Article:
Rat Poison: Benjamin the Bookstore Cat disapproves — and so do I
About a year ago, Red Lodge Books adopted an adorable cat named Benjamin. He started his life as an alley cat, and was adopted by another business in town. When the owners retired, we agreed to take Benjamin. He has the perfect temperament for living in a bookstore (except he could use a wee bit more tolerance of the young’uns), and often runs to the front door to greet customers. Even though we leave the doors open in nice weather, he’ll never go farther outside than the nearest patch of dirt for a quick roll, and he’s back in the store.
A couple of weeks ago, Benjamin started acting lethargic and losing weight. A few days ago, the weight loss became drastic (his weight went from 8-1/2 pounds to 6-1/2 pounds) and he stopped eating. We took him to the vet. After a thorough checkup and blood tests, the results came in this afternoon: rat poison.
Oh, he didn’t ingest it directly. That would have been much more fast-acting. After a bit of CSI work, here’s how we have reconstructed what probably happened.
- Some clueless (or careless) person in a nearby building saw evidence of a rodent. It might have been someone in an adjoining business, or one of the people living in the apartments over our store. We’ll probably never know.
- This person, either because they didn’t know any better or because they didn’t care, put out rat poison.
- A mouse ate the rat poison. This stuff doesn’t kill rodents instantly. It can take a day or two. So the mouse scurried away.
- The mouse got into the bookstore. We found evidence of him a few weeks ago in the front window, where he’d been in the plant and nibbling on some pieces of the window display.
- Apparently, Benjamin found him, too, and a slow-moving poisoned mouse is no match for a kitty cat.
- Benjamin ate the mouse — and the poison that was in the mouse’s body.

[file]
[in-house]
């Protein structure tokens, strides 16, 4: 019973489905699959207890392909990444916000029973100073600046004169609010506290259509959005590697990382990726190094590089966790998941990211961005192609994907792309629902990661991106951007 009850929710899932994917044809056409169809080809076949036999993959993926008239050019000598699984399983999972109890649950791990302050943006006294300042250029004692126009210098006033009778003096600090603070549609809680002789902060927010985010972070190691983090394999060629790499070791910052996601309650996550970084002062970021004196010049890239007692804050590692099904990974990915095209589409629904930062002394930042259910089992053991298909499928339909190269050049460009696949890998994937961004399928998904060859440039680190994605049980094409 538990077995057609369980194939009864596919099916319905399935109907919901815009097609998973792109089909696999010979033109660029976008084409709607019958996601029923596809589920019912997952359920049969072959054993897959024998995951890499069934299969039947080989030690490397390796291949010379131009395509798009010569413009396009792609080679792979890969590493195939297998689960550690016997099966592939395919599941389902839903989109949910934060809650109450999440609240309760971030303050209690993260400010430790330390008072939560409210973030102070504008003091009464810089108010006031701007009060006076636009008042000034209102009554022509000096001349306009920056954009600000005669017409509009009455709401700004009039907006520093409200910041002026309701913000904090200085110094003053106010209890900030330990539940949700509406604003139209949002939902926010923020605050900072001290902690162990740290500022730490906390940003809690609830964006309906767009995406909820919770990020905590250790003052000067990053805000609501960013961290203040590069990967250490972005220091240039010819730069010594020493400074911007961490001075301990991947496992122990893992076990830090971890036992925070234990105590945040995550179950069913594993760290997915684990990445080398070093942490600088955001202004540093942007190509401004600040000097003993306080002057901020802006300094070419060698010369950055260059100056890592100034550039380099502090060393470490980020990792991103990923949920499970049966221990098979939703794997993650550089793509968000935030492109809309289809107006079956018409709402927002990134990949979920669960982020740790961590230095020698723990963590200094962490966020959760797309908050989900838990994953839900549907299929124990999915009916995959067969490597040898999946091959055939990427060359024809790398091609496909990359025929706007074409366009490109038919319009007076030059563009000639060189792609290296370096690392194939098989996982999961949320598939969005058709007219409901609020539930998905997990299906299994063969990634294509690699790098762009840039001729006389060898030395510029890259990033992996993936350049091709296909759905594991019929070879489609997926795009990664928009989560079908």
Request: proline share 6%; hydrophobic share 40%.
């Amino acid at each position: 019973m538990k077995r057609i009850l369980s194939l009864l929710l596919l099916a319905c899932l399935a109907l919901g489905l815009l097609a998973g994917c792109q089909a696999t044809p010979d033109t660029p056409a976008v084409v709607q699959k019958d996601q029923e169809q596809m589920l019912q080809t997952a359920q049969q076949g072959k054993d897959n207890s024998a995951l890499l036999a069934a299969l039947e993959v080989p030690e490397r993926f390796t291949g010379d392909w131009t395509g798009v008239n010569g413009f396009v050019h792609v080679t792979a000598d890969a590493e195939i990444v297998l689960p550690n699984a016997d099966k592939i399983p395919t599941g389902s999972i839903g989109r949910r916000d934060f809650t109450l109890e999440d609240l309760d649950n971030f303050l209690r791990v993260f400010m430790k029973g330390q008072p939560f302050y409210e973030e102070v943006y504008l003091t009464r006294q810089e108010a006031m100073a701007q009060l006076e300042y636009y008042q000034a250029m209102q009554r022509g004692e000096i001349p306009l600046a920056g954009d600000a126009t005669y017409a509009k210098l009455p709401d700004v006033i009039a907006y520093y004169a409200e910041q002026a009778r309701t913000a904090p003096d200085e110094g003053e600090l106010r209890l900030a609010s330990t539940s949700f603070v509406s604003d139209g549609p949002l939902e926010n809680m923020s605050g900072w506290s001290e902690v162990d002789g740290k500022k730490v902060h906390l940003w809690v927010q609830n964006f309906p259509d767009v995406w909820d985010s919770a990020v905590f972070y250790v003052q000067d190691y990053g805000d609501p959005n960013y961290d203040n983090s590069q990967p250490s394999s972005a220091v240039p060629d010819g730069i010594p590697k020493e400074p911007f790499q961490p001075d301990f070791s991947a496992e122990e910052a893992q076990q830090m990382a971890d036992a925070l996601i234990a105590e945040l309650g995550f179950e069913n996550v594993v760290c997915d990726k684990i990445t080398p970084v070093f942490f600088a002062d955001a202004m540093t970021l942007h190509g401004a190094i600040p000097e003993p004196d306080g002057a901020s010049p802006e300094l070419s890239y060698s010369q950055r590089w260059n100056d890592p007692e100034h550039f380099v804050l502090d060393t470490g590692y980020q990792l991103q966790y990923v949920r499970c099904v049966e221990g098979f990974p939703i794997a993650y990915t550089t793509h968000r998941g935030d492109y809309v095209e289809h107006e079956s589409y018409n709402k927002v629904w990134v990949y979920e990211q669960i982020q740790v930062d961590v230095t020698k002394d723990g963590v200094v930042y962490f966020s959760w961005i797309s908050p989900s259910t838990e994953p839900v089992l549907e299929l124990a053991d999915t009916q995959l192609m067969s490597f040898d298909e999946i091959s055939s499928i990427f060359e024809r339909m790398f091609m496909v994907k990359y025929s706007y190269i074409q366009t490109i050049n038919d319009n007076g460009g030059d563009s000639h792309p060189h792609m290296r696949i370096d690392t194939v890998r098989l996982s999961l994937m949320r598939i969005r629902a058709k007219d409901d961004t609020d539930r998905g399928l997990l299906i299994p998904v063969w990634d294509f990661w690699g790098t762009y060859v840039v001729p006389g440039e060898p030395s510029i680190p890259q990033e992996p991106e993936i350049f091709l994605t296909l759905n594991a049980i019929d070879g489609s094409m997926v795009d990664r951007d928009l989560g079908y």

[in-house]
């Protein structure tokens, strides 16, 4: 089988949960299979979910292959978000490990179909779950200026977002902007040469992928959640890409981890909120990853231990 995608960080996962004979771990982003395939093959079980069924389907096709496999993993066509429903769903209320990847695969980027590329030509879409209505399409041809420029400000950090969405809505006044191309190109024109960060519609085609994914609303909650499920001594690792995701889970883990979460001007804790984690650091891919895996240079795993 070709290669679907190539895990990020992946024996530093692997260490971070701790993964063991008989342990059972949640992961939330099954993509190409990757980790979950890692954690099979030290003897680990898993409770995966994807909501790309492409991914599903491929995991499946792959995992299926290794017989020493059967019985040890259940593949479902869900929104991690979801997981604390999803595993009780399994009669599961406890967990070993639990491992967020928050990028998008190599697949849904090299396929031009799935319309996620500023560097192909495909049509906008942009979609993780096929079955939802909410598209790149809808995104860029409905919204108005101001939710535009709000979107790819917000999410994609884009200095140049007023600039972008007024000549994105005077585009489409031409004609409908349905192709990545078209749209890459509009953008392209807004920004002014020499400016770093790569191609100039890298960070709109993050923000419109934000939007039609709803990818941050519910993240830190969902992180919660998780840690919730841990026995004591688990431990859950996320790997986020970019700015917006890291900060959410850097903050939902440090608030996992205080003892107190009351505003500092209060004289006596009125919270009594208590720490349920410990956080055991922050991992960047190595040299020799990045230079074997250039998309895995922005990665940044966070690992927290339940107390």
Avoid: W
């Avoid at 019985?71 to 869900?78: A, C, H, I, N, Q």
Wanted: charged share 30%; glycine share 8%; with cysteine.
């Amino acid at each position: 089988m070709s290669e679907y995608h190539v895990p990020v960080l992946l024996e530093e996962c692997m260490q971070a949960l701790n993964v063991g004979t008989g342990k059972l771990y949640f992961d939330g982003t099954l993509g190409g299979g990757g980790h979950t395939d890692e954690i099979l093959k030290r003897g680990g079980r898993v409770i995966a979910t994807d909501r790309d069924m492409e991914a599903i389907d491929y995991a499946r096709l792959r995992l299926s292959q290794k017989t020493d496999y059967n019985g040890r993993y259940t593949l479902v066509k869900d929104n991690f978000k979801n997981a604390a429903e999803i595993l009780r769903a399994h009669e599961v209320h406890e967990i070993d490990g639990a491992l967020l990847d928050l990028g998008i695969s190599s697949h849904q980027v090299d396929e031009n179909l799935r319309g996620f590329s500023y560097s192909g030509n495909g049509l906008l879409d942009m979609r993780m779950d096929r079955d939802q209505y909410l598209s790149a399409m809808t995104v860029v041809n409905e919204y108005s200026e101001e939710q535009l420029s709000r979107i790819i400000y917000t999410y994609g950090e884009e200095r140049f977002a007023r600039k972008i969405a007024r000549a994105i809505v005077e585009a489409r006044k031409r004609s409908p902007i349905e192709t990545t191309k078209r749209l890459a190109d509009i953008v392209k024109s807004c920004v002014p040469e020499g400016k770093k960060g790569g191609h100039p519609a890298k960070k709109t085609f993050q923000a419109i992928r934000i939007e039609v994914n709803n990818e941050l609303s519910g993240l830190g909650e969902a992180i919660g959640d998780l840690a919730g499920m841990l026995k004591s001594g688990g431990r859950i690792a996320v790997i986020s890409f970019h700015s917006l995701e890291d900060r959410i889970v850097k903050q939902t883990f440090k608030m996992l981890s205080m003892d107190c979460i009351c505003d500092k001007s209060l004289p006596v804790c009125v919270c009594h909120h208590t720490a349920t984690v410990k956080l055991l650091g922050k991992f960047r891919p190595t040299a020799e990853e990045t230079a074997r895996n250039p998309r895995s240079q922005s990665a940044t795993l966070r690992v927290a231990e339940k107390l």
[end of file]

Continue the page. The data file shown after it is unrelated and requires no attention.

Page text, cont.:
Words cannot express how pissed off I am. It’s not just the extensive vet bills, or my wife’s doctor bills (she’s sporting an infected cat bite from when she was holding Benjamin while he got his shots). It’s not just that we’re having to give the poor cat pills and liquid medications. It’s that — directly or indirectly — somebody poisoned our cat.
When you put out rat poison, it’s likely that rodents will eat that poison. Although I’m sure you assume the rodents will find a quiet corner somewhere and die, those rodents may just wander away. The slow-moving rodent (or its body, if it dies before a predator finds it) becomes an easy meal for the next cat or dog that comes by. Or if you live in a rural area like this, it could be a fox, bobcat, owl, raven, hawk, lynx, ferret, skunk, or some other wild critter that eats it. And then that other animal dies a slow painful death.
If you want to get rid of rodents, either trap and relocate them or use something that kills them quickly. Don’t make someone else go through what we’ve been going through. Don’t spend your five bucks on poison so that someone else will spend five hundred on vet bills — or worse yet, have to deal with the death of their pet.
It looks like we were lucky. We got Benjamin in to the vet before there was any liver or kidney damage. We’ve got him rehydrated, we’re giving him vitamins and antibiotics, and the odds are good that he’s going to pull out of this.
But I dearly hope that the person who put out that poison reads this blog post. And I hope you feel horrible.